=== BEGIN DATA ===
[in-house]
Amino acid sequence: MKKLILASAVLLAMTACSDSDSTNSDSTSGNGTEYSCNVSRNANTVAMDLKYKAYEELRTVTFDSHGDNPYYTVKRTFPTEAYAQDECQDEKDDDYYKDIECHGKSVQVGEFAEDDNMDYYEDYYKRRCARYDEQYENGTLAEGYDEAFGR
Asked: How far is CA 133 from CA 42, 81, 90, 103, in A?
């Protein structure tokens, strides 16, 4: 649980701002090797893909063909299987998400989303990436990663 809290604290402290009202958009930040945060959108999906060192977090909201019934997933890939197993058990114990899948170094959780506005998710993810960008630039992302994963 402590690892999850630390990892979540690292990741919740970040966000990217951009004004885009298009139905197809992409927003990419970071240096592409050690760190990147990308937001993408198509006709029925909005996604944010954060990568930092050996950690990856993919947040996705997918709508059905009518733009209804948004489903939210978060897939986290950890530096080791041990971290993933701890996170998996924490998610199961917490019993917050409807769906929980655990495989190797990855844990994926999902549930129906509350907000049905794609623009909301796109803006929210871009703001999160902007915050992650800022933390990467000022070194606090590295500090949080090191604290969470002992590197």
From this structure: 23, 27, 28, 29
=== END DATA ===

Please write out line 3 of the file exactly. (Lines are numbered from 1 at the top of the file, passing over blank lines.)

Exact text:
Asked: How far is CA 133 from CA 42, 81, 90, 103, in A?